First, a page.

January 14, 2020
This update will be published daily to Council’s website and Facebook page at 5pm to provide the community with an update on where the recovery effort is at. You will also find channels to ask questions and get information. As we move forward together information is key, and this will be one way of staying in touch during the weeks ahead.
They say fire behaviour increased today as the fire takes an uphill run. The RFS says at this stage there is no new risk to properties.
Generally the days ahead present a great opportunity for firefighters to get on top of all Bega Valley bushfires.
The intention of the mobile service is to make it easier for those living in our more remote areas to access the services available.
Initially, the recovery team will be on the road for 12 weeks depending on the needs of each community.
You can contact the Recovery Centre on 6499 2345 or email email@example.com
Home base is the Bega Civic Centre, which is open Monday to Friday 9am – 5pm and weekends 10am – 4pm.
A range of services are available for you to meet with face to face, helping one step at a time.
“This is a fantastic opportunity to get in and support the great work that’s been done by a range of organisations,” says Army Brigadier Mick Garraway.
“We come from towns like this as well. I grew up over the hill in Tumut, I’ve got a lot of mates over there who are completely burnt out.
“This is personal, this is one of those rare opportunities that we get to help out our own communities.”
Brigadier Garraway is overseeing the national response and deployment of Army, Air Force, and Navy troops to fire affected communities.
Around 300 soldiers are currently based in Bega, assisting landholders dispose of dead stock, restore critical fencing, and fodder, food and water drops. The extra mussel and know how is also being used to clear roads, deal with dangerous trees, and repair bridges, chaplaincy services are also adding their weight to the recovery effort.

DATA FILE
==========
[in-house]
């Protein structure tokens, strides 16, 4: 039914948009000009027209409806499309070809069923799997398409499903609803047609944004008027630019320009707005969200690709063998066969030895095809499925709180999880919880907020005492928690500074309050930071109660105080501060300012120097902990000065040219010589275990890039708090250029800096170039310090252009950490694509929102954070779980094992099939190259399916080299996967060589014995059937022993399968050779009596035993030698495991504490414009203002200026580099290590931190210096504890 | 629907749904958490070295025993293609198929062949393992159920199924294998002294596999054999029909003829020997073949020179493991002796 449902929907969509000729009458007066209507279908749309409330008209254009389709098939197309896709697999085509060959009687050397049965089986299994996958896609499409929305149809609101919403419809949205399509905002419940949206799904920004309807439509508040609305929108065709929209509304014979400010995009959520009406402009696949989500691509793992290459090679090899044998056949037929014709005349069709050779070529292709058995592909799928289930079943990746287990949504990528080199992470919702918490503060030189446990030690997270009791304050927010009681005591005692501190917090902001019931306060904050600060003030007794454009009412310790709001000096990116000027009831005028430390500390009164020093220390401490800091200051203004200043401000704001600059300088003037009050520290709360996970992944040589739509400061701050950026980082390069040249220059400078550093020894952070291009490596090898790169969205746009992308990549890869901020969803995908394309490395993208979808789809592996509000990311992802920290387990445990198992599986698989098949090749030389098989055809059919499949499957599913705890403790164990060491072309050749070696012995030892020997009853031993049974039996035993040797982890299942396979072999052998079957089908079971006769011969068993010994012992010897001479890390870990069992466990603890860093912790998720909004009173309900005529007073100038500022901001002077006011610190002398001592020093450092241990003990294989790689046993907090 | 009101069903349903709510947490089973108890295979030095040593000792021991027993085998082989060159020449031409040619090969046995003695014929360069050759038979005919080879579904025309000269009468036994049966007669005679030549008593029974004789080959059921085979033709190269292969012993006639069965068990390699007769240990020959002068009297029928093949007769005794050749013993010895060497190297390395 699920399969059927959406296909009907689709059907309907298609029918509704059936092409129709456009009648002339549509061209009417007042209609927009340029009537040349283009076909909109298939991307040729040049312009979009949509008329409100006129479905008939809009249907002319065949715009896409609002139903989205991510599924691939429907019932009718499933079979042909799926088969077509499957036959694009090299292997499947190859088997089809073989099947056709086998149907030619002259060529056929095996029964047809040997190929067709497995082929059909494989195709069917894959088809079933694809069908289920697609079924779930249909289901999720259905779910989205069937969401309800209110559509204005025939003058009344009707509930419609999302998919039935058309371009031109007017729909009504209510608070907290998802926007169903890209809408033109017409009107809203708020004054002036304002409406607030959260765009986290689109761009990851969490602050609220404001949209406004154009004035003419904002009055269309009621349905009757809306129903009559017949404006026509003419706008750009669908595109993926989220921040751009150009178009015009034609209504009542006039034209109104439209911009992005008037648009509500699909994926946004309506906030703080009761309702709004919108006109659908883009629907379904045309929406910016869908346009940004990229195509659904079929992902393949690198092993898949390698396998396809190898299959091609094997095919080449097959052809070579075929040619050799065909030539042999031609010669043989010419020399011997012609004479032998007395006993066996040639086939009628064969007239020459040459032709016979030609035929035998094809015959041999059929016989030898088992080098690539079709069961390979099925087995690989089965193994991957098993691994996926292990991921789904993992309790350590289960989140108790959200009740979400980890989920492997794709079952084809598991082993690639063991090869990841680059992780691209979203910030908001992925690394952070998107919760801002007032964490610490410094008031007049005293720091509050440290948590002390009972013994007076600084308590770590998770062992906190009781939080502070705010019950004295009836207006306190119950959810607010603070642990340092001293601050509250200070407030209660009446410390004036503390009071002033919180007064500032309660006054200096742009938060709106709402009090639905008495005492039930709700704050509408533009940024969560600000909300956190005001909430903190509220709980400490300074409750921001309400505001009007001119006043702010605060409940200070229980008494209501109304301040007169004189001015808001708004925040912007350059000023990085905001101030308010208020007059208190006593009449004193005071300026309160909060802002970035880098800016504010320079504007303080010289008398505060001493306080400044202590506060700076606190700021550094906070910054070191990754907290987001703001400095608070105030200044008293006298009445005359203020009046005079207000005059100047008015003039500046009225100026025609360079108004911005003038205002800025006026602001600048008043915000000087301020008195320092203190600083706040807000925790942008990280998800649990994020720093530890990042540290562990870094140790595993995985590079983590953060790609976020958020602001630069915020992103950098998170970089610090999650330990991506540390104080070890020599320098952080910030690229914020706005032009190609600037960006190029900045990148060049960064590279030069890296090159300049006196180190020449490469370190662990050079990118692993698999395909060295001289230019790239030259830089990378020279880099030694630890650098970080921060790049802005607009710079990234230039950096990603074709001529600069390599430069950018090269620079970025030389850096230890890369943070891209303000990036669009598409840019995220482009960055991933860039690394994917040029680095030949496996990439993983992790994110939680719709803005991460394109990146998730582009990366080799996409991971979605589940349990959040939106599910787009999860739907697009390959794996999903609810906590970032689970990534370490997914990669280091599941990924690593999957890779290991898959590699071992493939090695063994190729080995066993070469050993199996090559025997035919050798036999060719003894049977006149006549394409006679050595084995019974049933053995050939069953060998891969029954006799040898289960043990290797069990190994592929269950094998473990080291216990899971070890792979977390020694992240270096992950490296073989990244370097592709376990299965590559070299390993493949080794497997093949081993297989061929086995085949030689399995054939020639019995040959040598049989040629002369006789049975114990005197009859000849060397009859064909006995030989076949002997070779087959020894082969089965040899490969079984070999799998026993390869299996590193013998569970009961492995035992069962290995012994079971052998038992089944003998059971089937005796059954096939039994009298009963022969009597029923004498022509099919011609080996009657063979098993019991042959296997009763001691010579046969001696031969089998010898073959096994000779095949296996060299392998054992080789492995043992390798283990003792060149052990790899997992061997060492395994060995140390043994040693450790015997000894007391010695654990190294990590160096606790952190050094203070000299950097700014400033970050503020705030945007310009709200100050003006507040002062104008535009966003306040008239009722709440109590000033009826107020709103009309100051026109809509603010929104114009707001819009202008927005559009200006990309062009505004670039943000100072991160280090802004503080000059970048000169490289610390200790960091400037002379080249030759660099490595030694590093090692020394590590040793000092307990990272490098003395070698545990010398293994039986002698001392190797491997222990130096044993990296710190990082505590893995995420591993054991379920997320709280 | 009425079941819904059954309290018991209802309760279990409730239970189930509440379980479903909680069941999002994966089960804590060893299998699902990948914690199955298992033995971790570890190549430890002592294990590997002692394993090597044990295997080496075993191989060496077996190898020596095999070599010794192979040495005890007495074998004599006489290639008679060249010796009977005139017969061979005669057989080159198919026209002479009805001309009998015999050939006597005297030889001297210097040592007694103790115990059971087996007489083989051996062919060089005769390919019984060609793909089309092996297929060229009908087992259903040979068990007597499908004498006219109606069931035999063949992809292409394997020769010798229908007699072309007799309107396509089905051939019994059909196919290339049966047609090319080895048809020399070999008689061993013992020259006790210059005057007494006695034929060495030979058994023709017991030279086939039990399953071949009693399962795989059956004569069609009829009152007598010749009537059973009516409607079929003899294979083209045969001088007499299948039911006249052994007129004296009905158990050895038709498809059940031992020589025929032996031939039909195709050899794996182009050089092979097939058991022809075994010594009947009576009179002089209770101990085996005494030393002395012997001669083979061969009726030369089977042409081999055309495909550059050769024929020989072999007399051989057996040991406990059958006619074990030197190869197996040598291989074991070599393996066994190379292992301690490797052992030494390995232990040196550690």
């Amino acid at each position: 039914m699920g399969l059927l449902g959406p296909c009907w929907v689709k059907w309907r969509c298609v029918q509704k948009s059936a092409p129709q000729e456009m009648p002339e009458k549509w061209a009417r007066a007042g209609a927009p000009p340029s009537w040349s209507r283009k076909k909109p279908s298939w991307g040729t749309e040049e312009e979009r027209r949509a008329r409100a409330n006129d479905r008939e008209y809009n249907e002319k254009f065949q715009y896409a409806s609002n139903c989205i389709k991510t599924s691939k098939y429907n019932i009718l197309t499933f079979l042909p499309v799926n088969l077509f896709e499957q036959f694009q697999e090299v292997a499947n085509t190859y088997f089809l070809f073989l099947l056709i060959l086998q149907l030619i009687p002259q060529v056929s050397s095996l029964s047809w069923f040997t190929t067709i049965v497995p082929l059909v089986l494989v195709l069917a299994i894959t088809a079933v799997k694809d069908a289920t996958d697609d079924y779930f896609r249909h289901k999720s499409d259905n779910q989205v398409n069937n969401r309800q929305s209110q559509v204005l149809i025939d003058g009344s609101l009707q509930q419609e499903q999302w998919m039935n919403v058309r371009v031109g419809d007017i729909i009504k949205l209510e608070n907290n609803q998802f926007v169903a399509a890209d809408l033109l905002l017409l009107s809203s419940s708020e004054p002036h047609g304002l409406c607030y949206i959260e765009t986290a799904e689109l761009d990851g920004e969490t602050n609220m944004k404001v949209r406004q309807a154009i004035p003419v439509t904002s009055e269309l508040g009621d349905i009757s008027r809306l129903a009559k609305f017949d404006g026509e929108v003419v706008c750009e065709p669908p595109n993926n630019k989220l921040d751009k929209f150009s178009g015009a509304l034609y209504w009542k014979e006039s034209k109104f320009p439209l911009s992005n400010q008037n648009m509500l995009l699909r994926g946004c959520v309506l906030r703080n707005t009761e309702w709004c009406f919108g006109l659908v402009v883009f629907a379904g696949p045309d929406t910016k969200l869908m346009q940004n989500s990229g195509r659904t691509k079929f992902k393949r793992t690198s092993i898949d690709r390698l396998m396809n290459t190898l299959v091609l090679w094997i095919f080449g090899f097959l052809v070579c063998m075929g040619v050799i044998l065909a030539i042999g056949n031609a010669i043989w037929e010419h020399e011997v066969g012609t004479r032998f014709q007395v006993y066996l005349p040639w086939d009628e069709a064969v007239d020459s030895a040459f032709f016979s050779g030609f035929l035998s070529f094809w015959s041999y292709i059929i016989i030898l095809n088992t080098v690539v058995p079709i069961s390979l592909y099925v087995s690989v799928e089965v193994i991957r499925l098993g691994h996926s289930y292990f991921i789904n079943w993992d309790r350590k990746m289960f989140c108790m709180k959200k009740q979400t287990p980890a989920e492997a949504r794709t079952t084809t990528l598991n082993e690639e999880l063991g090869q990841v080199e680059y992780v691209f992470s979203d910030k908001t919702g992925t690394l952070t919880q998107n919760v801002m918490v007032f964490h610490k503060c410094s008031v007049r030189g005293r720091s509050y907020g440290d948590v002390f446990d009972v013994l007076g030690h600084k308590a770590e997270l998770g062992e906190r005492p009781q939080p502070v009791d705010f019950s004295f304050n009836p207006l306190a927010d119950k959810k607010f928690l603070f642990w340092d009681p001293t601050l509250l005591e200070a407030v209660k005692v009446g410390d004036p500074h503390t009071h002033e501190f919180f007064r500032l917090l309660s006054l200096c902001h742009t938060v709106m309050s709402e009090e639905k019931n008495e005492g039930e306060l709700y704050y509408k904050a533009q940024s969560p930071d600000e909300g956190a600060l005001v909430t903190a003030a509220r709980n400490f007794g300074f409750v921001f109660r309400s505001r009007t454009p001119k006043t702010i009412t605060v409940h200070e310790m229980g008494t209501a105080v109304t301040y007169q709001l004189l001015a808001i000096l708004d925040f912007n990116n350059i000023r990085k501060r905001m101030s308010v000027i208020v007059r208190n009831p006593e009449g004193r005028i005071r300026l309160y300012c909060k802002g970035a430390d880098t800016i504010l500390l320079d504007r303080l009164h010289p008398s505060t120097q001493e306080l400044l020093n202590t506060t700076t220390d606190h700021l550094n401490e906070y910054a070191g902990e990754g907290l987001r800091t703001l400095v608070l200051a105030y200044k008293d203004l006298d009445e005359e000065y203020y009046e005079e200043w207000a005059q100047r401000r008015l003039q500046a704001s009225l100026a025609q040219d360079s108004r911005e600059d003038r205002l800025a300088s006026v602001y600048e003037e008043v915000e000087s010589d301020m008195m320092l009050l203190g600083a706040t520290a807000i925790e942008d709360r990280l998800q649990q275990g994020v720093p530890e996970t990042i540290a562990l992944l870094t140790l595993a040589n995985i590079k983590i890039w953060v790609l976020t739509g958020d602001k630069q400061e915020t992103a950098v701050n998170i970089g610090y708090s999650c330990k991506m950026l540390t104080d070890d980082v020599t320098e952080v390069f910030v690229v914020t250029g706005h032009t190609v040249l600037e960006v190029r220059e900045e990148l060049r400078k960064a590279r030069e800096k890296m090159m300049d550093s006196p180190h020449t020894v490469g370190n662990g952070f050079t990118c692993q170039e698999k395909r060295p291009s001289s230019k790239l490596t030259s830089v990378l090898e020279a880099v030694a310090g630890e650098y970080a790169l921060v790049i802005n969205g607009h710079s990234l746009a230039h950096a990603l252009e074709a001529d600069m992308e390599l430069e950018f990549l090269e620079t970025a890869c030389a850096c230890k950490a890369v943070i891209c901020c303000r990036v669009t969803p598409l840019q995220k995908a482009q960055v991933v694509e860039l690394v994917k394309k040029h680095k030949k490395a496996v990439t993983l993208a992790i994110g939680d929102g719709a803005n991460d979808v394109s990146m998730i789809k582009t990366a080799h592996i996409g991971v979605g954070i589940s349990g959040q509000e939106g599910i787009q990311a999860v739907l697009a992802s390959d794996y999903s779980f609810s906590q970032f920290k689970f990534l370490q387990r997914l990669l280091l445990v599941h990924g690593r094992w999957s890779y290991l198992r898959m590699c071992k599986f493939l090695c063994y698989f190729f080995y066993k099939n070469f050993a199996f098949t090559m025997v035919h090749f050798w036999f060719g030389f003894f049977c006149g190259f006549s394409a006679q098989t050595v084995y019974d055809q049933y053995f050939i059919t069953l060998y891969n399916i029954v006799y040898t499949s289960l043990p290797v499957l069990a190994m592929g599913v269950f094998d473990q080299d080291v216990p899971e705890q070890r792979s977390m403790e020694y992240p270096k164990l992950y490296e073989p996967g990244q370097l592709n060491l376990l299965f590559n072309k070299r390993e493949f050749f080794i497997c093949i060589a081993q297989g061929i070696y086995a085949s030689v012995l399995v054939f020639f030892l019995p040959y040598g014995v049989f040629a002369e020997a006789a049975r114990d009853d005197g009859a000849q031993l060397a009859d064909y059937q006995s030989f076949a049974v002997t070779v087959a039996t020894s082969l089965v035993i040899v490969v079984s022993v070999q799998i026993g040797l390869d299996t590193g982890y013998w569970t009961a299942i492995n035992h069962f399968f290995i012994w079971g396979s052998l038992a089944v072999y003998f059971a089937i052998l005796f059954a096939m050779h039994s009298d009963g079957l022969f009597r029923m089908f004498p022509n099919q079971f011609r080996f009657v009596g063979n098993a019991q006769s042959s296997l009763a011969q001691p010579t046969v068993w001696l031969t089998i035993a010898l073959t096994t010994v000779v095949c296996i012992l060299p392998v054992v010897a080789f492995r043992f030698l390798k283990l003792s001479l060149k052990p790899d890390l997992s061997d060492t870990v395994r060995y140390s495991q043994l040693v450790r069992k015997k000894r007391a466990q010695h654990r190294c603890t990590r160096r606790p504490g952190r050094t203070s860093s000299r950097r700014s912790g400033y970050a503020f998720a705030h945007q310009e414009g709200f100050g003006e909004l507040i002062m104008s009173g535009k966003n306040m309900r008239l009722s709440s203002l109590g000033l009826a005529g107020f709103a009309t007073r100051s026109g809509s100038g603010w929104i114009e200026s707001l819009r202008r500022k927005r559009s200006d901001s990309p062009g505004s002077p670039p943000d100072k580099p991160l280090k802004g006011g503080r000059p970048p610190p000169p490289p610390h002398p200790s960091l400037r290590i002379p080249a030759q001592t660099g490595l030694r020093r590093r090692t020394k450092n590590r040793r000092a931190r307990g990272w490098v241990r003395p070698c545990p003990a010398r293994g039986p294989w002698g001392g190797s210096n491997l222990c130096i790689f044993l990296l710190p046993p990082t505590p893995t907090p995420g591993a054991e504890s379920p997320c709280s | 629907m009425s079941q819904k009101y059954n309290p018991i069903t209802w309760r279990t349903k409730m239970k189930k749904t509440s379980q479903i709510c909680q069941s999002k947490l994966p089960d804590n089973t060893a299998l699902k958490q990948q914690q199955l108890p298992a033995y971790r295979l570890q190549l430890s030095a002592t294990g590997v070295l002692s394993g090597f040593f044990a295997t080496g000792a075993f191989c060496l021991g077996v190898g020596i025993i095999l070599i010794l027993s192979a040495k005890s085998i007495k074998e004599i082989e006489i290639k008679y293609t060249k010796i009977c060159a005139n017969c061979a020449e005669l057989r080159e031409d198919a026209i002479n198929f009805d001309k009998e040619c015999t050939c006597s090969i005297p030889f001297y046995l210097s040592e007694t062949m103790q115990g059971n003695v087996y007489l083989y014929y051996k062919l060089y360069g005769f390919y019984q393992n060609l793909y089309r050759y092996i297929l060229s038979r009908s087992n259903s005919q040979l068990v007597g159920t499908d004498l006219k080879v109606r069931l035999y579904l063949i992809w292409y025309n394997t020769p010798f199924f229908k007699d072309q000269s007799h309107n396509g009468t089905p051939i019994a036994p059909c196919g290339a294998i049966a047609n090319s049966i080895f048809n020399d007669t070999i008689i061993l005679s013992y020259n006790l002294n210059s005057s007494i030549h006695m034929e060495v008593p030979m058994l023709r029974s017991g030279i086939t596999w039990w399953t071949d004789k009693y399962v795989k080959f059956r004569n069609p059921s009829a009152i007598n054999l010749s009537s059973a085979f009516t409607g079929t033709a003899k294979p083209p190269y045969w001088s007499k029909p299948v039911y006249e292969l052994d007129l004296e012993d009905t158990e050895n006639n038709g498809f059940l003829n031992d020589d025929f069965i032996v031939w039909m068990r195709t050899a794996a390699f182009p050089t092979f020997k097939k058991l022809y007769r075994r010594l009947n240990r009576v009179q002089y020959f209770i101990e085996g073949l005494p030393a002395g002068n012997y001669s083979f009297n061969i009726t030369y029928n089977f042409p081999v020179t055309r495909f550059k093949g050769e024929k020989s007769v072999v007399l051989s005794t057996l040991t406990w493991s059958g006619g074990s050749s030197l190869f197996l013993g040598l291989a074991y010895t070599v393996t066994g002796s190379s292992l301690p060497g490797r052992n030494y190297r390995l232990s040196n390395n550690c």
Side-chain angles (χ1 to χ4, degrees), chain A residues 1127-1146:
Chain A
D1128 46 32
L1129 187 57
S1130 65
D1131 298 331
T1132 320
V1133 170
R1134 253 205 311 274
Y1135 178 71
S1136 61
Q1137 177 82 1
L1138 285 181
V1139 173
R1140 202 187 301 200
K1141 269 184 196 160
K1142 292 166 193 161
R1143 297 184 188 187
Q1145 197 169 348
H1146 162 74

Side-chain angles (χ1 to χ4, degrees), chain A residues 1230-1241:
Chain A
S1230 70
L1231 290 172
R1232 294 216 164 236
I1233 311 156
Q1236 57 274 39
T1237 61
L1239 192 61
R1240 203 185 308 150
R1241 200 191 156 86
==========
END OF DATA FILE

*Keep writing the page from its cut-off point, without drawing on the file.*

Council has a liaison officer who is working with Defence on needs and tasks as they arise.
Defence is expecting to have troops on the ground locally for two to three months.
Bega Valley Shire Council’s Economic Development team led by Daniel Murphy is currently talking to key local industries and businesses looking at ways to support or redeploy staff wrestling with a loss of work and wages.
There is perhaps capacity for some of those people to work within the council’s recovery effort and maintain employment for their families.
We also continue to develop ideas and initiatives that look to make the most of the opportunity that comes with the recovery effort to drive positive change in the local economy, environment and community.
“Building back better,” General Manager, Leanne Barnes says.
Council has also moved to finalise the funding made available via the Commonwealth and State governments so that extra resources and spending can start to flow through the local economy and to people impacted by fire. More to come.
Priority is also being given to local trades, services and retailers.
Rates reminder notices have been put on hold and we encourage anyone aware they have overdue rates and that have been impacted by fire to contact Council.
When it comes to water meter readings, Council is now considering how best to manage the impacts of recent fire events on water usage.
Ways to help the community and council handle the increased water use will be addressed at the January 29 meeting of Council. More to come.
There is no doubt the recent events are concerning to us all. However, it is important to keep in mind the natural environment is an important asset to the Shire and provides huge value, benefits and enjoyment to locals and visitors.
Council has received reports of unapproved clearing on public land, We’d prefer to work with landholders and communities in a more positive way to address any concerns they have. Our staff and the RFS always look to balance the needs of residents and the natural environment.
We have commenced planning for enhanced fire hazard reduction works and this will again be a priority area for us once the current fire situation has further stabilised.
Management of the 35km of APZ Council is responsible for is an ongoing year round focus in collaboration with the RFS.
The advice from NSW Health is “If you are concerned that your rainwater tastes, looks or smells unusual, or you suspect your rainwater has been contaminated, an alternative safe water supply, such as bottled water, should be used for drinking.”
“The presence of ash and debris in rainwater is unlikely to be a health risk, but could affect the appearance and taste.
“If the water is contaminated the tank should be drained, cleaned and refilled. Working inside a tank can be very dangerous. Professional tank cleaners are available in some areas.”
If additional water is required to enable cleaning of your tank there are to options:
Council is investigating a process to refund the cost of the water used to fight the fires. This will go to councillors for approval as part of the recovery effort at the January 29 meeting.